Tag: implicit bias

Heather Mac Donald joins Seth Barron to discuss YouTube’s restriction of her livestreamed speech on policing, allegations of widespread racial bias in the criminal-justice system, and the ongoing reversal of public-safety gains in New York City.

Heather Mac Donald joins City Journal associate editor Seth Barron to discuss the dubious scientific and statistical bases of the trendy academic theory known as “implicit bias.” The implicit association test (IAT), first introduced in 1998, uses a computerized response-time test to measure an individual’s bias, particularly regarding race.

Despite scientific challenges to the test’s validity, the implicit-bias idea has taken firm root in popular culture and in the media. Police forces and corporate HR departments are spending millions every year reeducating employees on how to recognize their presumptive hidden prejudices.

Member Post


In the wake of the Google employee defenestration, there has been some discussion recently on the Implicit Association Test (IAT). Apparently the IAT is being used as a method of thought control even though its caution that …these Universities, as well as the individual researchers who have contributed to this site, make no claim for […]

Join Ricochet!

This is a members-only post on Ricochet's Member Feed. Want to read it? Join Ricochet’s community of conservatives and be part of the conversation. Join Ricochet for Free.

Implicit Bias is the New Original Sin


Voltaire once said that if God did not exist, it would be necessary to invent Him. Fast forward to today, and the left has invented everything required for social control that used to be provided by religion, except a replacement for God. Their most recent innovation in this field is “implicit bias,” which acts as a stand-in for original sin.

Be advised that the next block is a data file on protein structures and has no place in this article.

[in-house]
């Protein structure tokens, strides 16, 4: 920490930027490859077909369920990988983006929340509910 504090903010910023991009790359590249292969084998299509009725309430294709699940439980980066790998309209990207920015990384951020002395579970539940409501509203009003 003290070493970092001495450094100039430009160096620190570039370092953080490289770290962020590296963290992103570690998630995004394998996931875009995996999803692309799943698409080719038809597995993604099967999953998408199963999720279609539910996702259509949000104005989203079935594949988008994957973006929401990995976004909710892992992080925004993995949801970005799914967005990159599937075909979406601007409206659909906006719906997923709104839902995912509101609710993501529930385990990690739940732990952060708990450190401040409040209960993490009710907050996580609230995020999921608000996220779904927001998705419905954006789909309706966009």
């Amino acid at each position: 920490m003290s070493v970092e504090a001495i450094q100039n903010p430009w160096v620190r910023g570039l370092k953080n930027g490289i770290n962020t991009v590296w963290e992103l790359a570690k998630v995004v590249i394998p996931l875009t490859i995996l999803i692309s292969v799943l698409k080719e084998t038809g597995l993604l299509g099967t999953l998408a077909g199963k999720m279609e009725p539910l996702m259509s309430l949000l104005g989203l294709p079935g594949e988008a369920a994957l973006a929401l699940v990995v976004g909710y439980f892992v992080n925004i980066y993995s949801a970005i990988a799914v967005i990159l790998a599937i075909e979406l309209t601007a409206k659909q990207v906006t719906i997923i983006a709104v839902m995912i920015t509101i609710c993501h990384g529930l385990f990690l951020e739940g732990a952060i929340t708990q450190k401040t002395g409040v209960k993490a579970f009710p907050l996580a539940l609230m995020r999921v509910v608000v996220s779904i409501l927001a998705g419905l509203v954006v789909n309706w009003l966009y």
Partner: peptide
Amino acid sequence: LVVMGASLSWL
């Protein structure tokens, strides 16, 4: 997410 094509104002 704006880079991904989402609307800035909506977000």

Before we dive into the technical details, it’s worth taking a moment to review how America got here. The left in America for at least the past few generations has viewed the world with an implicit Marxian frame. That is, they view the world as consisting of groups of people who are oppressed, and other groups of people who do the oppressing. In the traditional Marxist (note the subtle difference here, between -ist and -ian) formulation, that would be the proletariat and the bourgeoisie, respectively. This was a psychologically useful delusion until the end of the Cold War decisively proved that communism is a complete failure whenever it is implemented. It’s pretty hard to convince people they should create a Worker’s Paradise in America when so many of the Worker’s Paradises look less like an actual paradise than the status quo. There’s only so many times you can say “well, nobody has really tried communism yet” before normal people smile, nod, and walk backwards toward the nearest exit.

Unfortunately, like most people with unpopular ideas, the left looked at all of this and said to itself “Well, our ideas are obviously correct in spite of all evidence to the contrary, so the problem must be that we cannot communicate such that American people can understand us.” So, this is where the new fad “intersectionality” comes in. Intersectionality is a theory that basically says that you can be oppressed in a multitude of ways depending on your identity, and because most approaches to dealing with oppression usually only address one of those ways in which you are being oppressed, the “structures of oppression” “intersect,” e.g., coordinate their activities accordingly such that the “cycle of oppression” is free to continue indefinitely.

Richard Epstein responds to the controversy around Google’s decision to fire an employee for a memo criticizing the company’s diversity policy.